geckos, butterflies and interesting plants. We can also customise
any itinerary to suit to the keen birder, the wildlife enthusiast
Many participants on our tours and day trips are amateur wildlife
photographers. And when we get excellent views of a bird or
mammal, some time is usually spent watching and photographing
it. However, this is not a photographic tour and once the majority
of the people have felt that they have absorbed the animal or
bird to their satisfaction, then we move on in search of the
next encounter. Thus, while the photographic
opportunities are very good, the group will only occasionally
wait for somebody who wants to spend even longer getting better
Only a low level of fitness is required.
Throughout the year.
Moderate; can be warm in summer and chilly in winter.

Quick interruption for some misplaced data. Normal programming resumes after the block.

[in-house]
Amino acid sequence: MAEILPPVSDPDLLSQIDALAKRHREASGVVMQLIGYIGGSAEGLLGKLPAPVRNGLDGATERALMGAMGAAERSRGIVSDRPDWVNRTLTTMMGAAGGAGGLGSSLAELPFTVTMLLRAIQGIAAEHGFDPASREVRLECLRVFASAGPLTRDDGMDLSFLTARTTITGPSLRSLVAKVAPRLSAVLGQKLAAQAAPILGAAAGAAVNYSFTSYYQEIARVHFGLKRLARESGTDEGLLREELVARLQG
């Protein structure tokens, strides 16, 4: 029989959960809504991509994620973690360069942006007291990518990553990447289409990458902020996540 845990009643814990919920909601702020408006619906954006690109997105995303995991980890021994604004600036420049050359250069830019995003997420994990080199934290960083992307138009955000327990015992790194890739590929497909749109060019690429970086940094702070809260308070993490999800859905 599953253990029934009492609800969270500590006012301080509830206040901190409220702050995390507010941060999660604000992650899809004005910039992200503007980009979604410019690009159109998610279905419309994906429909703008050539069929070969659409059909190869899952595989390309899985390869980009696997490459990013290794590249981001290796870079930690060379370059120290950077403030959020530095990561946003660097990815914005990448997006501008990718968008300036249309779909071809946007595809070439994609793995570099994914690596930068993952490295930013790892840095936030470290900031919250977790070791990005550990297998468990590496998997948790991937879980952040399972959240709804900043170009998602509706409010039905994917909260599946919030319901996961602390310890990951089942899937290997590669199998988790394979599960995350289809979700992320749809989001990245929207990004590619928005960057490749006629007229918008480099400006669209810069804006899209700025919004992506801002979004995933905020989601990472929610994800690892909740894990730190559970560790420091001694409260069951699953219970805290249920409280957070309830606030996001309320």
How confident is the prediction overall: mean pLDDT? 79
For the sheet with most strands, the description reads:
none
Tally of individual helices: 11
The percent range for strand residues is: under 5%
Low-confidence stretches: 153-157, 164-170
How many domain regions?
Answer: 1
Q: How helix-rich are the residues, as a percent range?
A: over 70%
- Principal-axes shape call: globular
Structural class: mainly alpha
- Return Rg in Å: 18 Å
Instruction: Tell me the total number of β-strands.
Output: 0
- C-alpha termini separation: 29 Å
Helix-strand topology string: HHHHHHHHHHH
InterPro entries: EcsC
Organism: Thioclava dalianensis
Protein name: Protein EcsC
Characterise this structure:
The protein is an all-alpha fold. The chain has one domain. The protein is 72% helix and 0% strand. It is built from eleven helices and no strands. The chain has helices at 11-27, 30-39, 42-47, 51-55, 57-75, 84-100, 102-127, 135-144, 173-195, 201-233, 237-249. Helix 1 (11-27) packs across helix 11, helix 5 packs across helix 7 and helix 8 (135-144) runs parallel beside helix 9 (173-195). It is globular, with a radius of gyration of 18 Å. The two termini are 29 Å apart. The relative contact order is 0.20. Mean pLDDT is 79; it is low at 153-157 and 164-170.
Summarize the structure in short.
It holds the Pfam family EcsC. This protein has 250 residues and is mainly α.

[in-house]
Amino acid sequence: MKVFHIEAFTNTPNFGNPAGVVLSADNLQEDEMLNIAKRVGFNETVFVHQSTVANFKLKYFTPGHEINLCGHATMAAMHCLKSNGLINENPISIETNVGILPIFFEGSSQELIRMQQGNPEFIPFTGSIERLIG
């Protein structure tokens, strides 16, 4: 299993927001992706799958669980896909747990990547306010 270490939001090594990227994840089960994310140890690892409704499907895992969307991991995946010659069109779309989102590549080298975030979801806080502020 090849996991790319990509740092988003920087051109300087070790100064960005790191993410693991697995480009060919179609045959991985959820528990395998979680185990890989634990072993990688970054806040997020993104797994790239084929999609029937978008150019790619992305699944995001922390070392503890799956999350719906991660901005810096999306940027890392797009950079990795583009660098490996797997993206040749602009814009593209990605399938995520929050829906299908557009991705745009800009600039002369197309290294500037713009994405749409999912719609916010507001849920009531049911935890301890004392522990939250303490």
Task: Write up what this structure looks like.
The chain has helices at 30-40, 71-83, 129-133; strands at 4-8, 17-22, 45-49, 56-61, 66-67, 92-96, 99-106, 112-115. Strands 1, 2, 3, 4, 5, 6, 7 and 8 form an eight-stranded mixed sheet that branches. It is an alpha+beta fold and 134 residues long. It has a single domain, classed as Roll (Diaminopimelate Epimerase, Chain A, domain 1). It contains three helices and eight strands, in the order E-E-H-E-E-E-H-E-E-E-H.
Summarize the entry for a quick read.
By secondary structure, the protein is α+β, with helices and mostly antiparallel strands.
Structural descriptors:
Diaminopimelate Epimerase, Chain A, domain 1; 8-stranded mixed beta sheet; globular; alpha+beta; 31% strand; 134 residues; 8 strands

A good standard of accommodation in guest houses, lodges and
Birding Africa Birding Africa is a specialist birding
tour company customising tours for both world listers and more relaxed
holiday birders. We combine interests in mammals, butterflies,
dragonflies, botany and other natural history aspects and will guide
you to Africa's and Madagascar's most diverse birding destinations.
Our guides' knowledge of African
birds and birding areas is our greatest strength and together we
have rediscovered species, shared exciting observations with the
birding community and had a fun time exploring our home continent.
We've even written two acclaimed guide
books on where to find Southern Africa's and Madagascar's best
birds. Birding is more than our passion, it's our lifestyle, and
we are dedicated to making professional, best value trips filled
with endemic species and unique wildlife experiences. Since 1997,
we've run bird watching tours
in South Africa and further into Africa for individual birders,
small birding groups and top international tour companies. We've
run Conservation Tours
in association with the African Bird Club and work with and consult
for a number of other top international tour companies and the BBC
Natural History Unit.